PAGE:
The Pacific Gull (Larus pacificus) is a very large gull, native to the coasts of Australia. It is moderately common between Carnarvon in the west, and Sydney in the east, although it has become scarce in some parts of the south-east, as a result of competition from the Kelp Gull, which has "self-introduced" since the 1940s.
Much larger than the ubiquitous Silver Gull, and nowhere near as common, Pacific Gulls are usually seen alone or in pairs, loafing around the shoreline, steadily patrolling high above the edge of the water, or (sometimes) zooming high on the breeze to drop a shellfish or sea urchin onto rocks.
The Pacific Gull was first described by English ornithologist John Latham in 1802 from a Thomas Watling drawing, where the local name had been recorded as Troo-gad-dill. Its specific epithet refers to the Pacific Ocean.
Two subspecies are recognised: the nominate race pacificus from the east coast, and georgii from South Australia and Western Australia.They have salt glands that secrete salty water through the nostrils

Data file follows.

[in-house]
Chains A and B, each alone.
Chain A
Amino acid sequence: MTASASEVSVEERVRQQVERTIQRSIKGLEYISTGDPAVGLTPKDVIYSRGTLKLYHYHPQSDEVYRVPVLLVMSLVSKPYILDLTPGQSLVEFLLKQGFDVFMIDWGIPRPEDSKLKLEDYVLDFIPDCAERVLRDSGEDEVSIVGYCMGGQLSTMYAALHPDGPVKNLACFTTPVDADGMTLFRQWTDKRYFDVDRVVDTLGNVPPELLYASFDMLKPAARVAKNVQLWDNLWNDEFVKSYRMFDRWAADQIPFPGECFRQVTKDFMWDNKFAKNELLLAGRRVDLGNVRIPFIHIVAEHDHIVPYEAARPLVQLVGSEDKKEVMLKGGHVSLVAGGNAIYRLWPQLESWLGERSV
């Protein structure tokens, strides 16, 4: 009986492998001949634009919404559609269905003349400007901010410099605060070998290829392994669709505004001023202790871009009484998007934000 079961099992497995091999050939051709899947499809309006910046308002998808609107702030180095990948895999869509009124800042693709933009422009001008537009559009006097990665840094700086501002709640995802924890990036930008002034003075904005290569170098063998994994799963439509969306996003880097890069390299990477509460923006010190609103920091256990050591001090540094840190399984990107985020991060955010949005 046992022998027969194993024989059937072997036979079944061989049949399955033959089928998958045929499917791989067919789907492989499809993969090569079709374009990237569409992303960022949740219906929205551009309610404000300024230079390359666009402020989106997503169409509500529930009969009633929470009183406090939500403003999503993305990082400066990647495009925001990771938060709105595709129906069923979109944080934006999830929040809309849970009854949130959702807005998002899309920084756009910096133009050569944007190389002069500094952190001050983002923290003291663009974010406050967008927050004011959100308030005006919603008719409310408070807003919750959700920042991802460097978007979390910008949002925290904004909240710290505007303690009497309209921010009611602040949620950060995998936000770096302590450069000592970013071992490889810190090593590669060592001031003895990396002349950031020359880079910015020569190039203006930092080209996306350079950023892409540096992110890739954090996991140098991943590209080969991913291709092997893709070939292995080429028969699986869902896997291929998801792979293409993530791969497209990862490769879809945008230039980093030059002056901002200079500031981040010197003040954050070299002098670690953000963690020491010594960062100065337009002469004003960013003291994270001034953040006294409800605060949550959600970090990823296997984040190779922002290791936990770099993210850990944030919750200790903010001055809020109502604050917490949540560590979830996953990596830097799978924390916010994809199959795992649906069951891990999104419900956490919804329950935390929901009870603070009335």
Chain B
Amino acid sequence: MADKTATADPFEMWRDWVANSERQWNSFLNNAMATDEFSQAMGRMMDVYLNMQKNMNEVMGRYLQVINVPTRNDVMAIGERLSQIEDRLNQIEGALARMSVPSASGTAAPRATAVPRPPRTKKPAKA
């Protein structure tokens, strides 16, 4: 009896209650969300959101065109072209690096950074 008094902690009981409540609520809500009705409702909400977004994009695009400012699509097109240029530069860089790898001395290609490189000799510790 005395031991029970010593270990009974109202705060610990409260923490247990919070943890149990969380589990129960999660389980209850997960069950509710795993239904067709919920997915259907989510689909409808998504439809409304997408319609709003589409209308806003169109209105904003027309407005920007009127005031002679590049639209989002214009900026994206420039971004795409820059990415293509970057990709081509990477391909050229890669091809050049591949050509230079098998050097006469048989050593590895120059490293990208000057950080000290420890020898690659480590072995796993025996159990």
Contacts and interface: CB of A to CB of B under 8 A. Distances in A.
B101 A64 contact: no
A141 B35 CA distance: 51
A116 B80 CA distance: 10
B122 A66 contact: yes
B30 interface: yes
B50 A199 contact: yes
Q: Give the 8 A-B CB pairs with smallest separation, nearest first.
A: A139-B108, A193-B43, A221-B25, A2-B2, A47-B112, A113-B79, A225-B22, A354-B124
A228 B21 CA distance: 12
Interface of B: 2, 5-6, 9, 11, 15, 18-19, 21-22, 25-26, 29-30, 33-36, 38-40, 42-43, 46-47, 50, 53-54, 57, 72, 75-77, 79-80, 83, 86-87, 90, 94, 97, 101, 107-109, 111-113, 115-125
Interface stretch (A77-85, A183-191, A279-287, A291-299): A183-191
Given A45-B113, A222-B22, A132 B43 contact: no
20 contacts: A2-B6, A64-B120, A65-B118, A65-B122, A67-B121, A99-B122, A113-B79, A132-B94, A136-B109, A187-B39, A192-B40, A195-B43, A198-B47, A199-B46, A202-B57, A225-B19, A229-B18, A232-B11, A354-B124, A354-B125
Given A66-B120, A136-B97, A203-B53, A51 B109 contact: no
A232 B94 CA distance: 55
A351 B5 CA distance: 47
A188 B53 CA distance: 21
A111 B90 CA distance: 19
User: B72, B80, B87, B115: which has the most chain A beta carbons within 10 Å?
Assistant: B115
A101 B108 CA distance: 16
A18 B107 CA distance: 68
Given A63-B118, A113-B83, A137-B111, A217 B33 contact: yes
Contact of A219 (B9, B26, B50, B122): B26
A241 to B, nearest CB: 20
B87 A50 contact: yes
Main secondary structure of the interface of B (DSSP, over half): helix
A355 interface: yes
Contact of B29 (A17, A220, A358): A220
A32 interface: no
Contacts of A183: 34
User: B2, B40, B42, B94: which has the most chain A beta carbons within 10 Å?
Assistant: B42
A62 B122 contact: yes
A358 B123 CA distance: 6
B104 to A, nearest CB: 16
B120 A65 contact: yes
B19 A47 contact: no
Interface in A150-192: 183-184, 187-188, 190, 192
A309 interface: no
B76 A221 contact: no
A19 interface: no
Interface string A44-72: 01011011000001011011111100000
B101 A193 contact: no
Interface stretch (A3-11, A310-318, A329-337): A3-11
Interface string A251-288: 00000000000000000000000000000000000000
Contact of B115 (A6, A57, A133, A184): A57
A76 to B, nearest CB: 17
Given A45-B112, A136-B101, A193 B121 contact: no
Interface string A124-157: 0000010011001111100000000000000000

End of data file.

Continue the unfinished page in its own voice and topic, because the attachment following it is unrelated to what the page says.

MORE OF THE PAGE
Adult Pacific Gulls range from 58 to 66 cm (23-26 in) in length, and are white, with dark wings and back, and a very thick (when compared to other gull species), powerful, red-tipped yellow bill. Young birds are mottled-brown all over, and attain their adult plumage only gradually: by its fourth year, a young Pacific Gull has usually become difficult to tell apart from an adult bird.
There are two subspecies: the nominate eastern race prefers sheltered beaches, the western race georgii is commonly found even on exposed shores. Both subspecies nest in pairs or loose colonies on offshore islands, making a cup of grasses and sticks in an exposed position, and laying two or three mottled brown eggs.
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